“I have only been here for two months, but I have realised that in France, there is a terrible panic when we approach certain games in regards of injuries and preparation,” he told the media last weekend. So his message to his players and the fans, via the press, has been very positive. “We are not affected by what happened in the past. We came here with a free spirit and without bias.
“Living in the past limits your future possibilities. It brings negativity. We come with a new energy and we believe we will qualify. In football, having convictions takes you closer to the win.”
In that sense, Pochettino’s pre-match talk has differed quite a lot from the one given by Emery in 2017. He too masterminded an epic first-leg win, but bore a lot of responsibility in the humiliation of the second leg. The now-Villarreal manager still remembers the “Remontada.”
“We can look at a lot of details, but if I start from the end, I would change the referee [Deniz Aytekin] and that’s all,” Emery said. “We came back to 3-1, then we missed a chance to go 3-2, and there was a clear penalty on Di Maria not given. There are circumstances you can’t control in a game. The Barcelona players, especially [Luis] Suarez, kept falling down in the box, putting pressure on the referee until he fell in their trap.”
Maxwell and Thiago Motta were not on the pitch that night. Emery held the left-back out of the squad, while the defensive midfielder was injured. They witnessed history being made from their position in the stands.
“Our experience would have been useful, especially considering the referee, but it was so tough to go through,” Maxwell said. Like Emery, Motta blames Aytekin. “It is penalty and red card for [Javier] Mascherano for his tackle on Di Maria. Then the last two goals, we don’t concede them. It is my worst memory in Paris.”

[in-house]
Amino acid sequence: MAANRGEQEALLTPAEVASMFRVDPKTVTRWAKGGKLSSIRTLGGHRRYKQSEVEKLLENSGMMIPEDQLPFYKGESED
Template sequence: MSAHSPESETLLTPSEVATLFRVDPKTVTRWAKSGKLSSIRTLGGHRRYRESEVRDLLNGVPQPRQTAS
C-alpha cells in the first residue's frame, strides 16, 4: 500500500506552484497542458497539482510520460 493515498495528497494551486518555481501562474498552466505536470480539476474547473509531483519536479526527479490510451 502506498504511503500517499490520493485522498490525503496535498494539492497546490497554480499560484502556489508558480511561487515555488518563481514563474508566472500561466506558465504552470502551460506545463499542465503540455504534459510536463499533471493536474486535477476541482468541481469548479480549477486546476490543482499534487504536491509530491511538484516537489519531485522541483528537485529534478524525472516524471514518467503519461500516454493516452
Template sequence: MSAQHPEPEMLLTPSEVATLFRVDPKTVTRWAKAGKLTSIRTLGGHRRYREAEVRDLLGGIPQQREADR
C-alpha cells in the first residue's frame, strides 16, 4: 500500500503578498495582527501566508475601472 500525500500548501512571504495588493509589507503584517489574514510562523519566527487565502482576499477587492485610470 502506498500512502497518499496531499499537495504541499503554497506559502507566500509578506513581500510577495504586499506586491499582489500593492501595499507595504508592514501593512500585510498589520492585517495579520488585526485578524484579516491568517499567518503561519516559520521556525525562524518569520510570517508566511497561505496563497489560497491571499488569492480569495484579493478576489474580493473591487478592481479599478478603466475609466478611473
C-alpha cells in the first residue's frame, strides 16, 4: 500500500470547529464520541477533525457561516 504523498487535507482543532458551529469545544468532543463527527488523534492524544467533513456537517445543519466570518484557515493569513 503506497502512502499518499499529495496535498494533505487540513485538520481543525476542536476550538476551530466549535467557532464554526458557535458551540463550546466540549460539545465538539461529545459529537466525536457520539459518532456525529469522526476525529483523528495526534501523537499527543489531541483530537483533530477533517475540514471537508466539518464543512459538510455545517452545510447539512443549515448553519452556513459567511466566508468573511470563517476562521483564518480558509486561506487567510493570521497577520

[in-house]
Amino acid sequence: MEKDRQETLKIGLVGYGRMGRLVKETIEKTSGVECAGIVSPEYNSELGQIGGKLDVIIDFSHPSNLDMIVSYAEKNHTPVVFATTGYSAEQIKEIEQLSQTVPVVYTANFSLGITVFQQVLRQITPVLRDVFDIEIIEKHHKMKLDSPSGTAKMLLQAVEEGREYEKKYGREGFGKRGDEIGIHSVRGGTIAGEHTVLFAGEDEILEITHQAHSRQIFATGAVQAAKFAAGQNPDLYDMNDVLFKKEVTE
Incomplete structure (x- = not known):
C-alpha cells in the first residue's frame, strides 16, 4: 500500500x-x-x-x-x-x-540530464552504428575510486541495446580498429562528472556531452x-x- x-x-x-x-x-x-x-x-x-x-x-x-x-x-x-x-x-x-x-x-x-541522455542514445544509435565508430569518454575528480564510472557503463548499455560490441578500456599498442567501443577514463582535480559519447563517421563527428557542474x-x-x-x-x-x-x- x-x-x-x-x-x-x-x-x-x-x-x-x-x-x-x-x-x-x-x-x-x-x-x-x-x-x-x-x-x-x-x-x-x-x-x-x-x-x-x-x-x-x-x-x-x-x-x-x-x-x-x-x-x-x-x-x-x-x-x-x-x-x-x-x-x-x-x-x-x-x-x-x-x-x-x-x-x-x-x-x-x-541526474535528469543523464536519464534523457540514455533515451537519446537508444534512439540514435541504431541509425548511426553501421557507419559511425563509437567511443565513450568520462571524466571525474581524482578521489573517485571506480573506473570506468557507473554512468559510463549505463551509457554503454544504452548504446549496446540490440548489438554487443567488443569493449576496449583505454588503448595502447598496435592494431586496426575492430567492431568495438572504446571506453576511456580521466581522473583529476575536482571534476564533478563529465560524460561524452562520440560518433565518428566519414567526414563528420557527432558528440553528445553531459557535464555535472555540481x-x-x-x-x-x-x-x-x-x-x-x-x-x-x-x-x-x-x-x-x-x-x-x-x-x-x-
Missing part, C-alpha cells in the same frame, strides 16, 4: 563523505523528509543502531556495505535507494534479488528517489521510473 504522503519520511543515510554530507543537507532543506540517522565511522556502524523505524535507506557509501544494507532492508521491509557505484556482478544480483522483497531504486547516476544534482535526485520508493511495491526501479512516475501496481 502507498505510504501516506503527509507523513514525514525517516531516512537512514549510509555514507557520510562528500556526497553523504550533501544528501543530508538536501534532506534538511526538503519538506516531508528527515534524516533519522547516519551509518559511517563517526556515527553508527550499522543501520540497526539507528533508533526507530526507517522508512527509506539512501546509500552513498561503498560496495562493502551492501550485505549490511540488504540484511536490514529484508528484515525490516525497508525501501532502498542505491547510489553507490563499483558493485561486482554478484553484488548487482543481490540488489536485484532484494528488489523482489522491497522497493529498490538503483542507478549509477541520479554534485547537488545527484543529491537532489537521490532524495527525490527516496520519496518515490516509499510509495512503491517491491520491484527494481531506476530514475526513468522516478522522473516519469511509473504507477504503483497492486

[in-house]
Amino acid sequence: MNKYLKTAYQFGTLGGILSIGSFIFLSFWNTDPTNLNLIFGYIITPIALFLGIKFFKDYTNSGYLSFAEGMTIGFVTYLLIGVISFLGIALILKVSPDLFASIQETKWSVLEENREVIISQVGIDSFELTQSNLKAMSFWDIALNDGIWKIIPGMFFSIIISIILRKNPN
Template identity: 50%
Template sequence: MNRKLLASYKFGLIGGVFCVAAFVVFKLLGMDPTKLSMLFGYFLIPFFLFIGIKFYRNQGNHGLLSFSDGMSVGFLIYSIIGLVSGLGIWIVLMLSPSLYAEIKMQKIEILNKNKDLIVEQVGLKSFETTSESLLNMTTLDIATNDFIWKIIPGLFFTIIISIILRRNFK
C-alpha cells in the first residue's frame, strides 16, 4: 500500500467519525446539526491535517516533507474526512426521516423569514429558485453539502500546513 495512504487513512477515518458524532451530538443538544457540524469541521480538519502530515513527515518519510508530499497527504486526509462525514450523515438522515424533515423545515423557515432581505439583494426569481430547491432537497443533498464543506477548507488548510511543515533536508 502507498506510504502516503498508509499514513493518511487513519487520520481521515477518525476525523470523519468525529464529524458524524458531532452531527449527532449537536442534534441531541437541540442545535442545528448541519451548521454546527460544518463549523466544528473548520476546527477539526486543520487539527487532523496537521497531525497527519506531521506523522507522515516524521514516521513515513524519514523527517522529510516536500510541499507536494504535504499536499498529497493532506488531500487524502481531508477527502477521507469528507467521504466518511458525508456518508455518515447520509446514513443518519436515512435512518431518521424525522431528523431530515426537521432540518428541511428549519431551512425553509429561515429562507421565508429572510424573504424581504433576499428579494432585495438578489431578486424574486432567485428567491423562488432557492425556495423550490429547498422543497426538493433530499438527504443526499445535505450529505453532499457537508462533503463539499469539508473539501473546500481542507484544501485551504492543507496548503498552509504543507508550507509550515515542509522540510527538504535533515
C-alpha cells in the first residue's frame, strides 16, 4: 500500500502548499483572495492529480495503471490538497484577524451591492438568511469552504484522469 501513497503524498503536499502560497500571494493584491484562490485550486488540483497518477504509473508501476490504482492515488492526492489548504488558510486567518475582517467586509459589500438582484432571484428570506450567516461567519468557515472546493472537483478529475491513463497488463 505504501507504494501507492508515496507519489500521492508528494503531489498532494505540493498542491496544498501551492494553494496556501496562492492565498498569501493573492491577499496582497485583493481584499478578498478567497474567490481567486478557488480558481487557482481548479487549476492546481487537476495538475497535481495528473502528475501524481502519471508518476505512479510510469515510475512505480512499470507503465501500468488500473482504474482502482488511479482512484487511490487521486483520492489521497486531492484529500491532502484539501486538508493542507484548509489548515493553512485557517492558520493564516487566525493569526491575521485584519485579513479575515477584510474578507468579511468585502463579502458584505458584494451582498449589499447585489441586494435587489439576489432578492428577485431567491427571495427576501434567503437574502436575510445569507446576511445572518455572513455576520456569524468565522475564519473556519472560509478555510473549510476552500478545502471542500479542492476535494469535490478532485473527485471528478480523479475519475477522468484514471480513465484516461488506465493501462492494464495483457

Maybe Aytekin will watch Wednesday’s game on TV from his home in Bavaria, as refereeing a match of this calibre and importance is a distant memory for him, too. He hasn’t overseen a Champions League knockout game since that night in March 2017. This season, he has only been in charge of two games in the German second division.
Since that night in Barcelona, a lot of things have happened. PSG reached a Champions League final last season, though Barca are still waiting for their first one since 2015. The Catalans have had five managers since (Luis Enrique, Ernesto Valverde, Quique Setien and now Ronald Koeman), PSG three (Emery, Thomas Tuchel, Pochettino). Domestically, they both have been very strong, as always. Kylian Mbappe and Neymar have arrived in Paris, Suarez has left Barcelona and Messi could do the same in the summer. Joan Laporta is the new president of the Spanish giants and he would love to start in second stint at the club with another “Remontada.” If Koeman & Co. could pull it off, it would be even bigger than 2017’s.
All PSG want now is to qualify and move on.